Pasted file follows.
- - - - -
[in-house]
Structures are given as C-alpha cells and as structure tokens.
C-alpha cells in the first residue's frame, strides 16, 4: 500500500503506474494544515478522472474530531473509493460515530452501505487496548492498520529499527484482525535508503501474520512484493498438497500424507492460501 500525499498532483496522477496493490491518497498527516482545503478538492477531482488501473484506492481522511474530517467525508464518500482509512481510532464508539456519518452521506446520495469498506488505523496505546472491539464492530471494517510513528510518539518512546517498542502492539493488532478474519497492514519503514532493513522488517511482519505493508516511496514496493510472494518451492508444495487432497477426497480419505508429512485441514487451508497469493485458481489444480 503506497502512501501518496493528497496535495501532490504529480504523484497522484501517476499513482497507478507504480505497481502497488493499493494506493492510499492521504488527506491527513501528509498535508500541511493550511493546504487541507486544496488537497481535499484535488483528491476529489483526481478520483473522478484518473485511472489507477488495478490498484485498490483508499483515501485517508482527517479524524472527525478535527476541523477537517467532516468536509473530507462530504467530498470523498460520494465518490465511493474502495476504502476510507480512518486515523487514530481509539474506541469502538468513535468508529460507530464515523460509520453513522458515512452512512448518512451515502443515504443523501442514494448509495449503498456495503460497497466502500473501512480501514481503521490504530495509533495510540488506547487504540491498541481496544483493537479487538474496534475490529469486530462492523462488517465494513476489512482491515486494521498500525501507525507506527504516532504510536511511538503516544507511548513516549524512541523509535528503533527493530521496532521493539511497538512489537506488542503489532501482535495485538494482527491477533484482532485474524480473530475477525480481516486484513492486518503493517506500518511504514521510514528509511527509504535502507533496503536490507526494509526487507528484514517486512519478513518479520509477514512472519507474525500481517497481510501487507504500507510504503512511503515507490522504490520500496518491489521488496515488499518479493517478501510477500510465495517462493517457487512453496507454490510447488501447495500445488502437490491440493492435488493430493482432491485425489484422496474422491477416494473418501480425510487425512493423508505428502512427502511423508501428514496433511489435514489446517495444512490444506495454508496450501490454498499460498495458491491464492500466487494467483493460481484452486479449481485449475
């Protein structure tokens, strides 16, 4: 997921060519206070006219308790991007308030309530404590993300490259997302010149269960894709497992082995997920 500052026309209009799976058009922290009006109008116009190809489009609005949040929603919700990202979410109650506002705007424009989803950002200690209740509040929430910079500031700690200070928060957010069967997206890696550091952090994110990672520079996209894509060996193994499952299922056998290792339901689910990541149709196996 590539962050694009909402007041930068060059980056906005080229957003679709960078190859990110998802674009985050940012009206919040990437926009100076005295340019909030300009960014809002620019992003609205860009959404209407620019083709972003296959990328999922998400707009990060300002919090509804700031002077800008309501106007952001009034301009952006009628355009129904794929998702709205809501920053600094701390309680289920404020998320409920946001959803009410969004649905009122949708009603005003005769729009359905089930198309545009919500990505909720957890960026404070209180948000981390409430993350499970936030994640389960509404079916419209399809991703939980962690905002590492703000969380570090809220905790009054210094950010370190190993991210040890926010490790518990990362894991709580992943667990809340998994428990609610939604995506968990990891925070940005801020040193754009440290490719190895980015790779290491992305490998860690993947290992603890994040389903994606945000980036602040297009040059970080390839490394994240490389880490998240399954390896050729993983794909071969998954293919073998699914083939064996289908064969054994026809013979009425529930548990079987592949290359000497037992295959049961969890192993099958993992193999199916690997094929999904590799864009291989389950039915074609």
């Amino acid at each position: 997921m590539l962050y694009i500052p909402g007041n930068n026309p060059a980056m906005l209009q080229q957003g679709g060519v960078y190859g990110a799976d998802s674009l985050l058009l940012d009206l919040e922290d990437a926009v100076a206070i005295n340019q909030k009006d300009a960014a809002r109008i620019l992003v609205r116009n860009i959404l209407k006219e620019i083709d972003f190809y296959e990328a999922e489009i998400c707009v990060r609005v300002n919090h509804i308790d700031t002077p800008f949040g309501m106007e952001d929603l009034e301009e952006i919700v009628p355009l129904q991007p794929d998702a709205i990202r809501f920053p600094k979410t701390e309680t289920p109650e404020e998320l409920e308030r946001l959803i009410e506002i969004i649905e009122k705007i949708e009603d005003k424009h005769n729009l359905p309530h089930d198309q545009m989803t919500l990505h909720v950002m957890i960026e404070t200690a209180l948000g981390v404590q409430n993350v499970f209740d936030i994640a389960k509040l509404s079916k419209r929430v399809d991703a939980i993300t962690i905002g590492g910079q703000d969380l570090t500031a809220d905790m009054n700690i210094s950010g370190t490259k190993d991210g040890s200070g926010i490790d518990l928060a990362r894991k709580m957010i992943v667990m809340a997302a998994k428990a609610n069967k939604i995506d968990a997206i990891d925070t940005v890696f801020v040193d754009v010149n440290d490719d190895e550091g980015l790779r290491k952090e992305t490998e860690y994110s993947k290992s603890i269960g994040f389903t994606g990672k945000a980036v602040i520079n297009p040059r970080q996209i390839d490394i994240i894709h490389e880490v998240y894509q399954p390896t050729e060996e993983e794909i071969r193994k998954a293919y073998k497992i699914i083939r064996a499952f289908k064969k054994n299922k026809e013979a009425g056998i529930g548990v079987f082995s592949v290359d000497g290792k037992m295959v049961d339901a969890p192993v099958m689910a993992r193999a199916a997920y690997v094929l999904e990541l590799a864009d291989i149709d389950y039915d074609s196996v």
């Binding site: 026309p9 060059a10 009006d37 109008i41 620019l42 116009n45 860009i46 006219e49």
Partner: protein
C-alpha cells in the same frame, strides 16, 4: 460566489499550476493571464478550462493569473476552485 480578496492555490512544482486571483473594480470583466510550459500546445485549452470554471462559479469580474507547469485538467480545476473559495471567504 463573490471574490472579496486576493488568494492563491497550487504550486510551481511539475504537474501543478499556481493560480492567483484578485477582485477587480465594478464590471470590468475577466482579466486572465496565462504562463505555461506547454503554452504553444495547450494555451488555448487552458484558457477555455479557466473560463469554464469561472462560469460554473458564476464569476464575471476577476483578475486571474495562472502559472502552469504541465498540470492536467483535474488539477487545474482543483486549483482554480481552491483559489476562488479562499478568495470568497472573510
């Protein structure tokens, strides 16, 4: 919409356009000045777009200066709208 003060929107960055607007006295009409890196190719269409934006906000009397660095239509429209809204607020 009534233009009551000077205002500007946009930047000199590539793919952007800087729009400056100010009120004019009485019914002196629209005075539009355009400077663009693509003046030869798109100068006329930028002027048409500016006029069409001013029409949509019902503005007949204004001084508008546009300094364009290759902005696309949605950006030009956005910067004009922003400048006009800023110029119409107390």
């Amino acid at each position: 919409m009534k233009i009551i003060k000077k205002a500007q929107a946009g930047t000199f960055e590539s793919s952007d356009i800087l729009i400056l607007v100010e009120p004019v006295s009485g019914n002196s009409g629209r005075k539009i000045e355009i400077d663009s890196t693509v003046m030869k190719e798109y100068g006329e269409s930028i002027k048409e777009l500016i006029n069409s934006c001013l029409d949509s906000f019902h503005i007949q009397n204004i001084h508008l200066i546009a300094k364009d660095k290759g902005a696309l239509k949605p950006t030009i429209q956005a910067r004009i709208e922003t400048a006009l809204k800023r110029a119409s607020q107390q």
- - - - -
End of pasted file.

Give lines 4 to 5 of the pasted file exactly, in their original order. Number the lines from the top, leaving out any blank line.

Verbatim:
């Protein structure tokens, strides 16, 4: 997921060519206070006219308790991007308030309530404590993300490259997302010149269960894709497992082995997920 500052026309209009799976058009922290009006109008116009190809489009609005949040929603919700990202979410109650506002705007424009989803950002200690209740509040929430910079500031700690200070928060957010069967997206890696550091952090994110990672520079996209894509060996193994499952299922056998290792339901689910990541149709196996 590539962050694009909402007041930068060059980056906005080229957003679709960078190859990110998802674009985050940012009206919040990437926009100076005295340019909030300009960014809002620019992003609205860009959404209407620019083709972003296959990328999922998400707009990060300002919090509804700031002077800008309501106007952001009034301009952006009628355009129904794929998702709205809501920053600094701390309680289920404020998320409920946001959803009410969004649905009122949708009603005003005769729009359905089930198309545009919500990505909720957890960026404070209180948000981390409430993350499970936030994640389960509404079916419209399809991703939980962690905002590492703000969380570090809220905790009054210094950010370190190993991210040890926010490790518990990362894991709580992943667990809340998994428990609610939604995506968990990891925070940005801020040193754009440290490719190895980015790779290491992305490998860690993947290992603890994040389903994606945000980036602040297009040059970080390839490394994240490389880490998240399954390896050729993983794909071969998954293919073998699914083939064996289908064969054994026809013979009425529930548990079987592949290359000497037992295959049961969890192993099958993992193999199916690997094929999904590799864009291989389950039915074609």
């Amino acid at each position: 997921m590539l962050y694009i500052p909402g007041n930068n026309p060059a980056m906005l209009q080229q957003g679709g060519v960078y190859g990110a799976d998802s674009l985050l058009l940012d009206l919040e922290d990437a926009v100076a206070i005295n340019q909030k009006d300009a960014a809002r109008i620019l992003v609205r116009n860009i959404l209407k006219e620019i083709d972003f190809y296959e990328a999922e489009i998400c707009v990060r609005v300002n919090h509804i308790d700031t002077p800008f949040g309501m106007e952001d929603l009034e301009e952006i919700v009628p355009l129904q991007p794929d998702a709205i990202r809501f920053p600094k979410t701390e309680t289920p109650e404020e998320l409920e308030r946001l959803i009410e506002i969004i649905e009122k705007i949708e009603d005003k424009h005769n729009l359905p309530h089930d198309q545009m989803t919500l990505h909720v950002m957890i960026e404070t200690a209180l948000g981390v404590q409430n993350v499970f209740d936030i994640a389960k509040l509404s079916k419209r929430v399809d991703a939980i993300t962690i905002g590492g910079q703000d969380l570090t500031a809220d905790m009054n700690i210094s950010g370190t490259k190993d991210g040890s200070g926010i490790d518990l928060a990362r894991k709580m957010i992943v667990m809340a997302a998994k428990a609610n069967k939604i995506d968990a997206i990891d925070t940005v890696f801020v040193d754009v010149n440290d490719d190895e550091g980015l790779r290491k952090e992305t490998e860690y994110s993947k290992s603890i269960g994040f389903t994606g990672k945000a980036v602040i520079n297009p040059r970080q996209i390839d490394i994240i894709h490389e880490v998240y894509q399954p390896t050729e060996e993983e794909i071969r193994k998954a293919y073998k497992i699914i083939r064996a499952f289908k064969k054994n299922k026809e013979a009425g056998i529930g548990v079987f082995s592949v290359d000497g290792k037992m295959v049961d339901a969890p192993v099958m689910a993992r193999a199916a997920y690997v094929l999904e990541l590799a864009d291989i149709d389950y039915d074609s196996v």